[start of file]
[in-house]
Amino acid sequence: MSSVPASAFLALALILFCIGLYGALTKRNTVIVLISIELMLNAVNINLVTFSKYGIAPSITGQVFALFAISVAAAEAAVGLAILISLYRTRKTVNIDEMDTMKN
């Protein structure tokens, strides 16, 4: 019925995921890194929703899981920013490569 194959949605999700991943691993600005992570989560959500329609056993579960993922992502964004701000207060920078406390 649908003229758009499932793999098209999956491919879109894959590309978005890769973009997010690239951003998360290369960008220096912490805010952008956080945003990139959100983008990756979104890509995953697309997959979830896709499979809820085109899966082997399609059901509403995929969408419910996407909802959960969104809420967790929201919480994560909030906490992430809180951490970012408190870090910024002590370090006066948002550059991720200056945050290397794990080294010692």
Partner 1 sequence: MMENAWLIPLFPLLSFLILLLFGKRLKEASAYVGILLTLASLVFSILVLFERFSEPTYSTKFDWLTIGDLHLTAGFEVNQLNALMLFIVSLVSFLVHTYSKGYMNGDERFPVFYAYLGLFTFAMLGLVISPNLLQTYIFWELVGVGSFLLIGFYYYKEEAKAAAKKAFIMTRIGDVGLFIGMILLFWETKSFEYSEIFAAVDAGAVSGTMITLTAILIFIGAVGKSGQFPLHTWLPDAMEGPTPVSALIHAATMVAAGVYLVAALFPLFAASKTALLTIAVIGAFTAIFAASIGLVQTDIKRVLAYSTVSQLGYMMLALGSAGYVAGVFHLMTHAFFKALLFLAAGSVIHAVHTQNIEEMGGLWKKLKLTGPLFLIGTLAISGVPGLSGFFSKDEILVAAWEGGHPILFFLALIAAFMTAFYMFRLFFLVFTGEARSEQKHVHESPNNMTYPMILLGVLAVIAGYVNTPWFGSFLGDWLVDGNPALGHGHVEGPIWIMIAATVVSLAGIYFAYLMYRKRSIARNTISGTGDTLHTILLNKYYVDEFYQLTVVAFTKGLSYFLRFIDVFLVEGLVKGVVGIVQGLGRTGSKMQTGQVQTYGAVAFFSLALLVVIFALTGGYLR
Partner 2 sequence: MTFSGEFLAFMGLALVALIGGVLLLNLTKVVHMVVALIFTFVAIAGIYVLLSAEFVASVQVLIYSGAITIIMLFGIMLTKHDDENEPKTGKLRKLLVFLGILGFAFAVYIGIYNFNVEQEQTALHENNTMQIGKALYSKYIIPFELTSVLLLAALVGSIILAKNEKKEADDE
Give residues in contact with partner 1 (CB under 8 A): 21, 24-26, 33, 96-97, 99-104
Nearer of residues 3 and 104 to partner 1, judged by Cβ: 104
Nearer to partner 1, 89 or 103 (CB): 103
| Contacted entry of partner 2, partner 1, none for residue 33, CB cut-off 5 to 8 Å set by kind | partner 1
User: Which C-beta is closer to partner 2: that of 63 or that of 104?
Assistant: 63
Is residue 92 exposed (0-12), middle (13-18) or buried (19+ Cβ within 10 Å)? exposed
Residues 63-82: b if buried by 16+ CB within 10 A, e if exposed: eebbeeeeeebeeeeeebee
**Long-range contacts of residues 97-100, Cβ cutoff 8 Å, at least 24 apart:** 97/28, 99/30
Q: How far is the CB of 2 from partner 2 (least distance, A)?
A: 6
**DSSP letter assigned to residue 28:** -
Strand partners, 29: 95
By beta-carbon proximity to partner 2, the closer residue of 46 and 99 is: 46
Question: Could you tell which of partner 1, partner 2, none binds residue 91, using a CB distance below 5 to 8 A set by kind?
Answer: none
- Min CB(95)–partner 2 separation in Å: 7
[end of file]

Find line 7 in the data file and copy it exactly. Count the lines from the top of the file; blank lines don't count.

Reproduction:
Nearer of residues 3 and 104 to partner 1, judged by Cβ: 104